Social networking and intellectual property

By Anuradha Salhotra, Lall Lahiri & Salhotra
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Social media is now an integral part of all our lives. It is a vital tool for both personal and business purposes.

The popular social networking site Facebook – designed by and for college students – went live in September 2006. It was ranked as the most used social networking sites by Compete.com and is used by over 300 million users, including 9-year-olds and 102-year-old Ivy Bean of Bradford in England. The list of social networking sites continues to grow. They include LinkedIn, MySpace, and Twitter.

These social networking sites are used widely by amateurs, professionals and hackers, for whom the convenience of copying, publishing and distribution has changed the flow of information. Since each of these communities allow individuals and organizations to share information through photo and video-sharing, posting of comments, status updates and pokes, these sites have revolutionized the world of online advertisement as well.

Anuradha Salhotra Managing partner Lall Lahiri & Salhotra
Anuradha Salhotra
Managing partner
Lall Lahiri & Salhotra

Online advertising

As social networking sites have become a successful tool for gauging the consumers’ expectations, large corporations are looking at whether entering these websites would contribute to their success in any way. Many corporations are currently using social networks as a marketing tool to communicate with customers about products and services. Pages and communities on these websites are being created for people interested in certain products and activities, with news, promotions, offers, sales, and deals flowing from these sites.

Although social networking websites enable businesses to promote their brands, their use is often accompanied by a multitude of intellectual property (IP) issues and concerns. These include trademark infringements and copyright violations. Businesses and their IP counsels must be proactive and vigilant in protecting their copyright and trademark from infringement by users of these websites.

Watch out for

A company’s trademarks could appear without authorization on a user’s profile page or as part of a user name. It is estimated that over 90% of top 100 brands do not own their Twitter user names. These issues could expose companies and their coveted and protected brands to risk by causing confusion among consumers with regards to advertisement and affiliations.

Cyber squatting has also become common and so it is necessary to reserve the company’s trademarks and their variants on the networking sites. Social network infringements can spread fast and cause irreparable image damage for a company.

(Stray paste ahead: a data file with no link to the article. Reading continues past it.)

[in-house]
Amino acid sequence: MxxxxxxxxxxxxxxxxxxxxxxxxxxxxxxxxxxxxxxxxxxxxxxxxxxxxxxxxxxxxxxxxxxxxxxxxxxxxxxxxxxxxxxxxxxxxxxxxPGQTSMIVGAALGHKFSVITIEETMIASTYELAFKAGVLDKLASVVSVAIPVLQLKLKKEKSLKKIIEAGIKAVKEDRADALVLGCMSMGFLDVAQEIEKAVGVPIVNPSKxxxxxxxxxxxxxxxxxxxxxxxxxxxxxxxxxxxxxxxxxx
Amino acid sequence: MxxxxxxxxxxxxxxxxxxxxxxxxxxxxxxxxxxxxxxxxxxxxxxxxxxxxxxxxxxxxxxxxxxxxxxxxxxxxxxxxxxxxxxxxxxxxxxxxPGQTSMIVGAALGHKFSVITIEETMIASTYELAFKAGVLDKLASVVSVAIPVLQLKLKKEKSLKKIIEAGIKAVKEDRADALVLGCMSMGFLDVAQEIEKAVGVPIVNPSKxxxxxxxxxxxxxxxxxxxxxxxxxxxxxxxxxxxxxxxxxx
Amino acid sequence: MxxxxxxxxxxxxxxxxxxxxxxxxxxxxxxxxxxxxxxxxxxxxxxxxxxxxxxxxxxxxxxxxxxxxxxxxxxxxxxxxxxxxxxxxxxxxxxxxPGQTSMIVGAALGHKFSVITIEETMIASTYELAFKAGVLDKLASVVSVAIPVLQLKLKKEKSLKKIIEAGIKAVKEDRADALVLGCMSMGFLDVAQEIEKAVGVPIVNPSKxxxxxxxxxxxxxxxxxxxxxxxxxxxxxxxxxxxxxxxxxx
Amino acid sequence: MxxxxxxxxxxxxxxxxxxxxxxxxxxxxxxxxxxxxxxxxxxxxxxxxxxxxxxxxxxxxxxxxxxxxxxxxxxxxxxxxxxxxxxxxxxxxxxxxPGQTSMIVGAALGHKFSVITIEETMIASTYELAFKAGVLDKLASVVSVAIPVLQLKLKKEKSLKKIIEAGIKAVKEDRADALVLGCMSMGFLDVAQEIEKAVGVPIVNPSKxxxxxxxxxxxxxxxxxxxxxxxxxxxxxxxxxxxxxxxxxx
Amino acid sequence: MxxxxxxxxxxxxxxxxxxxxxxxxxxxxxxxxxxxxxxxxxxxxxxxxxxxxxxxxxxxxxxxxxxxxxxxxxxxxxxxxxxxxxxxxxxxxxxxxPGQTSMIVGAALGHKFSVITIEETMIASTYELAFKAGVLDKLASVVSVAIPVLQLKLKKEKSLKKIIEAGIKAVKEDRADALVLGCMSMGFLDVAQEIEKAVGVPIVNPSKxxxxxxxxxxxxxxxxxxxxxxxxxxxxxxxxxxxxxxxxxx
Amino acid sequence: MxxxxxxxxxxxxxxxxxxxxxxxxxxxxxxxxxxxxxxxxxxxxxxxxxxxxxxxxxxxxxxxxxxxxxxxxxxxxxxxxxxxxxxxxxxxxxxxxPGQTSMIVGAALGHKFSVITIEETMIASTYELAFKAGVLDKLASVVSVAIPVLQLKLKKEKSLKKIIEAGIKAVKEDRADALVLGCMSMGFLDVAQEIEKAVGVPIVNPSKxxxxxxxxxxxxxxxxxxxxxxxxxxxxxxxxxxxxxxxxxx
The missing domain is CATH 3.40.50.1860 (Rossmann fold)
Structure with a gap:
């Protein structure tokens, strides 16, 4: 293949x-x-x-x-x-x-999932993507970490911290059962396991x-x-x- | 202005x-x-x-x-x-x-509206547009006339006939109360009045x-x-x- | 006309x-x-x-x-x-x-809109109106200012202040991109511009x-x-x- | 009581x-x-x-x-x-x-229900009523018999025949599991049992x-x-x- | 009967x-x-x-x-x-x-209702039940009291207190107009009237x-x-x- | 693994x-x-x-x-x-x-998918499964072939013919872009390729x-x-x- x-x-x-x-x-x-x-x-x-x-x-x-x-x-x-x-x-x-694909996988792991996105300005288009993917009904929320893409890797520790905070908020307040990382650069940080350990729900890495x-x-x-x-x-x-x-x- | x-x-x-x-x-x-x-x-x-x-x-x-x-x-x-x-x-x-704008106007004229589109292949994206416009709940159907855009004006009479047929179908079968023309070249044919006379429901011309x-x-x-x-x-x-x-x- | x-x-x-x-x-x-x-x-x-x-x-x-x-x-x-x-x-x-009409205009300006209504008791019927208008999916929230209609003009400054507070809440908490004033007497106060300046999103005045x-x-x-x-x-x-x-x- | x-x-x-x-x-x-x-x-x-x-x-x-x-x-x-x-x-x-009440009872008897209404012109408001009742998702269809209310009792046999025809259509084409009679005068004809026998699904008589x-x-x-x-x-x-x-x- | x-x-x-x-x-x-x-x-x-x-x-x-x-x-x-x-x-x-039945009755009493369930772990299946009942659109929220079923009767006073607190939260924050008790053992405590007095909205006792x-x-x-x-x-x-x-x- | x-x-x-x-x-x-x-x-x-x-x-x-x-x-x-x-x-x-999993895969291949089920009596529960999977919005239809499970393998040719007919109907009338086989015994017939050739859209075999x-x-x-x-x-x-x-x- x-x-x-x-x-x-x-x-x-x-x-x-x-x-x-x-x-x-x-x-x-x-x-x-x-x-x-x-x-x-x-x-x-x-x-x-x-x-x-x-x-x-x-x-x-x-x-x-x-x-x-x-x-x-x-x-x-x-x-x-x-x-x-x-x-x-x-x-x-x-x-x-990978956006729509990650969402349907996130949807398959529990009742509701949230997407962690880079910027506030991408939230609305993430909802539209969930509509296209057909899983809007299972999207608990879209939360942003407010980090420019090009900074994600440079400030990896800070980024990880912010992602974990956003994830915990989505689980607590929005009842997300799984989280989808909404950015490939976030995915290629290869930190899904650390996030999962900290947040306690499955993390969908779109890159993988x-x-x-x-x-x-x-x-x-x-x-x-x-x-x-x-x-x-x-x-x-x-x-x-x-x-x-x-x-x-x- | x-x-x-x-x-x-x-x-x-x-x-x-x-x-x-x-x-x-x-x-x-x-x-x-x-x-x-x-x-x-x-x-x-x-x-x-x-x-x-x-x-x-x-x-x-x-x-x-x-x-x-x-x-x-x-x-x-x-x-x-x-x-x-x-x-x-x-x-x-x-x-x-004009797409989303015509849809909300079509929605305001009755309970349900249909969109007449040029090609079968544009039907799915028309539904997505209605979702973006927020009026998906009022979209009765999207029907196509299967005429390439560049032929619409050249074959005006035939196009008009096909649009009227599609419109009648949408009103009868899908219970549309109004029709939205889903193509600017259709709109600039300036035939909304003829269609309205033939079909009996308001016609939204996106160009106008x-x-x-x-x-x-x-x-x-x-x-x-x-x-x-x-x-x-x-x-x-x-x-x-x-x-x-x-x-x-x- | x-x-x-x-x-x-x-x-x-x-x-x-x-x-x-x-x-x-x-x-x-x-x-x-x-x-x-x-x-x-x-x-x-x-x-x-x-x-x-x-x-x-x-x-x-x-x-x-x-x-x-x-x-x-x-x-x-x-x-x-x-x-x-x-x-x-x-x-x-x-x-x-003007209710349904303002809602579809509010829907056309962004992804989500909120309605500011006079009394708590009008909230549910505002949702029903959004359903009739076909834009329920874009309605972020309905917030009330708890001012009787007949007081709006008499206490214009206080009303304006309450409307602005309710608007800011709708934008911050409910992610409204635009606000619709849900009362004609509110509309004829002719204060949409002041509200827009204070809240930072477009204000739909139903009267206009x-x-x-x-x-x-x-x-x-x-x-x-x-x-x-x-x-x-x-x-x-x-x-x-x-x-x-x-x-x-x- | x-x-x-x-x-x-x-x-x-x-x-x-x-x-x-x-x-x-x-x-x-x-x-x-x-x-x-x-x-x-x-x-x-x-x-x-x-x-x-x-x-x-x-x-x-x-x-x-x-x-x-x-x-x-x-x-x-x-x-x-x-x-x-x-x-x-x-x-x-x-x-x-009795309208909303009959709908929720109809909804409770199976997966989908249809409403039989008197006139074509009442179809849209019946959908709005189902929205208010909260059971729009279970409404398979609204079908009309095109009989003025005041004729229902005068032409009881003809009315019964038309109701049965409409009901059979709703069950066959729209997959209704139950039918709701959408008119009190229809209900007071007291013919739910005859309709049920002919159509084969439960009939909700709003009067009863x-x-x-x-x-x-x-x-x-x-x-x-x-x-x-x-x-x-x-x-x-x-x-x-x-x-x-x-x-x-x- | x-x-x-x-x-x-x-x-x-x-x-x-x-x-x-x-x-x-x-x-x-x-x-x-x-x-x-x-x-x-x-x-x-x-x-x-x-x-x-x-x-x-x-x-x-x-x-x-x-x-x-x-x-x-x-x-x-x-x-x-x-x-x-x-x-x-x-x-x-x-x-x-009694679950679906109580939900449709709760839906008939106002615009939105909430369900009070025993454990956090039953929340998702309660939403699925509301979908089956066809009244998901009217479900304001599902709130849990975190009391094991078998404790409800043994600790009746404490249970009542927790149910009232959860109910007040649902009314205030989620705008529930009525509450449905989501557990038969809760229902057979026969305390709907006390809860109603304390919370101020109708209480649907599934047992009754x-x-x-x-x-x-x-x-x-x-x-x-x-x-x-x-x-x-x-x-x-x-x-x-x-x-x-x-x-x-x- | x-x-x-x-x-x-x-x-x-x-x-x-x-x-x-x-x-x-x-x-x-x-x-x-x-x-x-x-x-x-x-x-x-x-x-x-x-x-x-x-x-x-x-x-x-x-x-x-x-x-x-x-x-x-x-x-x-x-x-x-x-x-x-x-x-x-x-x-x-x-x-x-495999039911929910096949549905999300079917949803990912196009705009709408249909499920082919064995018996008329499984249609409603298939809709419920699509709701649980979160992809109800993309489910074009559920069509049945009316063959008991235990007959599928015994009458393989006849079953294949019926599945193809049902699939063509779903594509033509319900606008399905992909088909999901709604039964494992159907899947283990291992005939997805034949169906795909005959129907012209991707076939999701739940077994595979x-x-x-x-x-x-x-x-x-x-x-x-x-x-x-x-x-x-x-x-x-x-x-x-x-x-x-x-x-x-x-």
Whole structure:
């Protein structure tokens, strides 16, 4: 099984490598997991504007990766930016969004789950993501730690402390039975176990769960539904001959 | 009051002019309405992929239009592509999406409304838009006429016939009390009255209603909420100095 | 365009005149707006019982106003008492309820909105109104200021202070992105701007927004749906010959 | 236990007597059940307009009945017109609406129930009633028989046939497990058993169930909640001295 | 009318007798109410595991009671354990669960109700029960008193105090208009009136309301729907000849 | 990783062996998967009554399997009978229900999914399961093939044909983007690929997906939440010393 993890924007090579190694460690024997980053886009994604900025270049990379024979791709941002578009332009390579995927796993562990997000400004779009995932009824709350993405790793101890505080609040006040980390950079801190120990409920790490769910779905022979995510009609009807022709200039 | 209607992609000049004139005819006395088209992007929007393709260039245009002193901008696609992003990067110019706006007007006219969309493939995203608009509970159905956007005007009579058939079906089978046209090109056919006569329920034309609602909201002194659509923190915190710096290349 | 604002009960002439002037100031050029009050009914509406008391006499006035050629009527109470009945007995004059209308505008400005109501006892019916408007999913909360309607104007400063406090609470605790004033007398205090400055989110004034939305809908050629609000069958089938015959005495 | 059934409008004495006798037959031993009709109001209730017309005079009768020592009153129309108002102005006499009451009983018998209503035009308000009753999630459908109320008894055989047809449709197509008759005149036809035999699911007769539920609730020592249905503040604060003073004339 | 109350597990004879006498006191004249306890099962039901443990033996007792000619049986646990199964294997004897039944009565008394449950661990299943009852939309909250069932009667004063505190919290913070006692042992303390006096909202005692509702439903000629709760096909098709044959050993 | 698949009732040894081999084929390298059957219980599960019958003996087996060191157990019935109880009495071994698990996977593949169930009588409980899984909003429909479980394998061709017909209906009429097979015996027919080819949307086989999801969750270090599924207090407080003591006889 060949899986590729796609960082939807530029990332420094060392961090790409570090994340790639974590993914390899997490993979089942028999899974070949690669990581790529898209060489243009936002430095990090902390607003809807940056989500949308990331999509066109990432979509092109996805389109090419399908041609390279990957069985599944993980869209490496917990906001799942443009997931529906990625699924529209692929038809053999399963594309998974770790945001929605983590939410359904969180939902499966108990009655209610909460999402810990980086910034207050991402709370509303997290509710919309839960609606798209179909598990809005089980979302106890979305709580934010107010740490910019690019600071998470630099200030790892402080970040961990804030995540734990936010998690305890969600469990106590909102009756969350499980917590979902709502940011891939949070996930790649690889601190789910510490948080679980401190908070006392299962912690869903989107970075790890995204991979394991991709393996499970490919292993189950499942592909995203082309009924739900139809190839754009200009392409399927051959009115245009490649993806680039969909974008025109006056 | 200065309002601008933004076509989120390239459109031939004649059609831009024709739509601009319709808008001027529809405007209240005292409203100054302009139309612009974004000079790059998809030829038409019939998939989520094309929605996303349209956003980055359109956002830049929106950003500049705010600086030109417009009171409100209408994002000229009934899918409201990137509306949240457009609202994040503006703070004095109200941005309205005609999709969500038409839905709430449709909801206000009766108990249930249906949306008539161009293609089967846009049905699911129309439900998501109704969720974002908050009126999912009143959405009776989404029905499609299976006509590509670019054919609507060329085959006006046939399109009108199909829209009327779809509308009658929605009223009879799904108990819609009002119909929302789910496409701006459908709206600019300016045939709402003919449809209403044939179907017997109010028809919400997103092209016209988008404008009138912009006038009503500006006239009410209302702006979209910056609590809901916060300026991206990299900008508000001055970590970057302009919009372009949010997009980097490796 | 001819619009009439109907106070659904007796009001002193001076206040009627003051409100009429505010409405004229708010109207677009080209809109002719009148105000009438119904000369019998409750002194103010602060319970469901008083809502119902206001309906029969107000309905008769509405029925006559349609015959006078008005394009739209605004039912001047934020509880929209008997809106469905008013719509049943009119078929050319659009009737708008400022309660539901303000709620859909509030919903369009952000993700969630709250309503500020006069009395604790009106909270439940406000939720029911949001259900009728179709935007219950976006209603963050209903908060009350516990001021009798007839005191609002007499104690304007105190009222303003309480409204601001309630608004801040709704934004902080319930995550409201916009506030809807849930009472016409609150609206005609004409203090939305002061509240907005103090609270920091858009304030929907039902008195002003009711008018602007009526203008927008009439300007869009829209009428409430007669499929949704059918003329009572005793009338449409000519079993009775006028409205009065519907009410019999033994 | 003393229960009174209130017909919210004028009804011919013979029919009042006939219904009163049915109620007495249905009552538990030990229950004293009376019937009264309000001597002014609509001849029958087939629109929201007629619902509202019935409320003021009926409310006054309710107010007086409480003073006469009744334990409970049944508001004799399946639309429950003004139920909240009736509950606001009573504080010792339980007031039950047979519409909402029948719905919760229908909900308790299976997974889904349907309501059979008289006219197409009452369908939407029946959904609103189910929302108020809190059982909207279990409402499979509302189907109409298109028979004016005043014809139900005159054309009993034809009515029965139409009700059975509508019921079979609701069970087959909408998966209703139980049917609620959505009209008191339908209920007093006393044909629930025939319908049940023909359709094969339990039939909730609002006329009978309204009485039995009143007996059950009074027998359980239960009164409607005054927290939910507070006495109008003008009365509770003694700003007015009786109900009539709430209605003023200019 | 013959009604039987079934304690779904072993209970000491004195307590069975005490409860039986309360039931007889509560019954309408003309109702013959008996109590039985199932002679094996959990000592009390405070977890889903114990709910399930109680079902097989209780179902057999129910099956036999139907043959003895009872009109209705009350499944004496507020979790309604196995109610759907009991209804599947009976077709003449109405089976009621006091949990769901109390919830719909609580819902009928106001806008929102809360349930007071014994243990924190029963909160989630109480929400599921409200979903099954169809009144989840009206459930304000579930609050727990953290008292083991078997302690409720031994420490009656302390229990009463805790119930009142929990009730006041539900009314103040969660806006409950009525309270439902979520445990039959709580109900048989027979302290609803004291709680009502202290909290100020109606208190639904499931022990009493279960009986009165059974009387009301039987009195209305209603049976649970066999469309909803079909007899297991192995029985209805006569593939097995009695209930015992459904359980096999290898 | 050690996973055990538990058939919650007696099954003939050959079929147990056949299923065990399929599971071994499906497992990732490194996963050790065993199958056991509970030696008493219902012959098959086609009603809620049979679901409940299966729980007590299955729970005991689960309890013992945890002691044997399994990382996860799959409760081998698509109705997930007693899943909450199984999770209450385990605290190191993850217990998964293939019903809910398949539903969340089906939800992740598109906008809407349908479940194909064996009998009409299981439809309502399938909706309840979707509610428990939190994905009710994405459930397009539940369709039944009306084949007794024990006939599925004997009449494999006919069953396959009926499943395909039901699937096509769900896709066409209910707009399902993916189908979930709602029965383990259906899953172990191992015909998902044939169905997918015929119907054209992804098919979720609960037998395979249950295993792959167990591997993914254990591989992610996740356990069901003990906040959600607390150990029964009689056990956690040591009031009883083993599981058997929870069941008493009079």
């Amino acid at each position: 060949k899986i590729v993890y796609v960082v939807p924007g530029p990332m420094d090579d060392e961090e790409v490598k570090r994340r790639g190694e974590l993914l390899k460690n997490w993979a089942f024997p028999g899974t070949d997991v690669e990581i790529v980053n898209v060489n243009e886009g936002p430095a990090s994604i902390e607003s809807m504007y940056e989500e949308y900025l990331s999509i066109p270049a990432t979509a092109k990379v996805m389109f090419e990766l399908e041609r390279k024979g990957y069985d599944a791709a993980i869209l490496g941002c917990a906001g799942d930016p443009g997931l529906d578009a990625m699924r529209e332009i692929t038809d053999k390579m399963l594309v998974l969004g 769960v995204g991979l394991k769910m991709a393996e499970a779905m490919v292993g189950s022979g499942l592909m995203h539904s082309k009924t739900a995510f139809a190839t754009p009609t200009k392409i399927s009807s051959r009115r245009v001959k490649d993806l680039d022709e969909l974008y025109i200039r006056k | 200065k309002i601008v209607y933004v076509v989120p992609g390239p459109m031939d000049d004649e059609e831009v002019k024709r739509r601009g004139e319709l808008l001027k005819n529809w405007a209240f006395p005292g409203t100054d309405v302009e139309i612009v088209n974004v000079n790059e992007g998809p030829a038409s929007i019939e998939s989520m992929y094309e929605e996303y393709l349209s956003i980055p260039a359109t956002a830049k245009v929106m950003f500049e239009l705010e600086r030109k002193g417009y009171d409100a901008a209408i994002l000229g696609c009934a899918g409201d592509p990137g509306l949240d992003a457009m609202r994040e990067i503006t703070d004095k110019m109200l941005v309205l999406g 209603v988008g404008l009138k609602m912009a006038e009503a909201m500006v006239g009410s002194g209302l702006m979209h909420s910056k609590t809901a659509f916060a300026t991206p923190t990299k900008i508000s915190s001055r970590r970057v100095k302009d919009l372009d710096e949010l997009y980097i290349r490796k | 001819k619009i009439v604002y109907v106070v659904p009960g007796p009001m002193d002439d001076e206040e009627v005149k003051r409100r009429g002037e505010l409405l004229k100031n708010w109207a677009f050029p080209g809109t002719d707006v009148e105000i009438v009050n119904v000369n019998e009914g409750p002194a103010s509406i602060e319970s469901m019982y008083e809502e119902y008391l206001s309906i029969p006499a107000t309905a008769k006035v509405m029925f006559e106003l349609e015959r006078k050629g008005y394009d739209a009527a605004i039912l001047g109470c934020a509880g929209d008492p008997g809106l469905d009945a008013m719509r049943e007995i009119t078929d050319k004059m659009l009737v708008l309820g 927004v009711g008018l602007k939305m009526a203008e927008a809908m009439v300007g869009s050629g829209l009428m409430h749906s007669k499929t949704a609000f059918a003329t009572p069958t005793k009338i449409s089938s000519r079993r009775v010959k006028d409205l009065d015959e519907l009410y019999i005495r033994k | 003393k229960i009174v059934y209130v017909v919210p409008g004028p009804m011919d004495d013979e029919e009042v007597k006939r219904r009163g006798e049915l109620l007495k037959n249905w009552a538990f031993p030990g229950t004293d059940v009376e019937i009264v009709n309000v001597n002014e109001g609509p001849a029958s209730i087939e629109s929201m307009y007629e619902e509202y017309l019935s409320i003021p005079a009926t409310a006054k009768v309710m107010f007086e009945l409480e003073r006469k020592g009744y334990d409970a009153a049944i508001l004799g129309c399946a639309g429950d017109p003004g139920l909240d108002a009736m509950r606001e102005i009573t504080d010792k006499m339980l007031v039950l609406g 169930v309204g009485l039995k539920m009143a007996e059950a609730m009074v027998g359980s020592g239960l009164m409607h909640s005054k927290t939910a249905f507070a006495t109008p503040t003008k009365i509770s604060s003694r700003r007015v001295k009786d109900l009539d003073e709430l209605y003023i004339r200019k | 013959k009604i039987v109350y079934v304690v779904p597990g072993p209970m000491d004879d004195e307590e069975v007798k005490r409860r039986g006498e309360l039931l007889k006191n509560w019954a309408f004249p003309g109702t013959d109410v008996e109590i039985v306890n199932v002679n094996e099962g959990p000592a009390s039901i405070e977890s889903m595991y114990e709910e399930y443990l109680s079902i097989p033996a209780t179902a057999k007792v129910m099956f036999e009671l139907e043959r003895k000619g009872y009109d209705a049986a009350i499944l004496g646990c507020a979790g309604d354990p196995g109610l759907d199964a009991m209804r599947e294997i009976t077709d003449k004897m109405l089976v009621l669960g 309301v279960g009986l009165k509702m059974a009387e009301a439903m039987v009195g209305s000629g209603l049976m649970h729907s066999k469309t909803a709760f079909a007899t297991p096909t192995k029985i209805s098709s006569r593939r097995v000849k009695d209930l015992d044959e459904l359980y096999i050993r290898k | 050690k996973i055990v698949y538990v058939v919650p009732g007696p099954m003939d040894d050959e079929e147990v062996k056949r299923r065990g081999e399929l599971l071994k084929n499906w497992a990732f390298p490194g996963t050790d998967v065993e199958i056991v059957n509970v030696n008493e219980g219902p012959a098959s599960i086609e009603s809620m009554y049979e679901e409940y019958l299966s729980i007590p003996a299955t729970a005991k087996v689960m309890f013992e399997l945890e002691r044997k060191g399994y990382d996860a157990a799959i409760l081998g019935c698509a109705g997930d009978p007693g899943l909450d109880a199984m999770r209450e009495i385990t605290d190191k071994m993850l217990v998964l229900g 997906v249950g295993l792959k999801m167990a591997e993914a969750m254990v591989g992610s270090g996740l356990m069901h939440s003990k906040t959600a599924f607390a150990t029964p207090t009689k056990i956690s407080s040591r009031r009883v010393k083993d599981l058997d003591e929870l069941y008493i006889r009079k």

Resolving disputes

Many leading social networking sites have adopted dispute procedures to handle these IP issues. In many cases, these procedures are the best solutions for brands faced with IP infringements or other similar issues, such as false advertising and defamation. The procedures allow for removal of infringing content from the website and termination of the infringing user’s accounts with little or negligible interaction between the IP owner and the infringing users. However, careful consideration must be given to common possible defences such as fair use, parody, criticism, commentary, etc., before initiating contact with the user or the site.

The concept of protecting the internet reputation of a name or a mark was settled in Nissan Motor Co v Nissan Computer Corp. In it, the US District Court in the Central District of California ruled that Uzi Nissan, who registered nissan.com to promote his computer sales and service business before the Japanese car manufacturer had done so, was not a cyber squatter. However, the court issued a preliminary injunction, enjoining the defendant from displaying automotive-related advertising and links on his website. The court also directed the defendant to place a prominent disclaimer on his site, informing visitors that it is not affiliated with the car manufacturer and providing users with the website address of the Japanese company.

Tips for IP owners

In order to prevent abuse of trademarks, brand owners should understand the basic terms of service of each website their brands appear on and consider registering every possible domain name that could be associated with their major brands.

Constant monitoring of websites to determine if a trademark is being used without permission would keep potential infringers at bay. Any alleged infringement on social networking websites should be reported and the brand owners should develop and implement anti-counterfeiting programs to combat possible infringement.

Internet and social networking sites can pose difficult enforcement and liability issues, but with appropriate preventive measures, consistent monitoring and enforcement, companies can prevent much harm to their IP assets.

Anuradha Salhotra is the managing partner of Lall Lahiri & Salhotra, which is an IP boutique based in Gurgaon.

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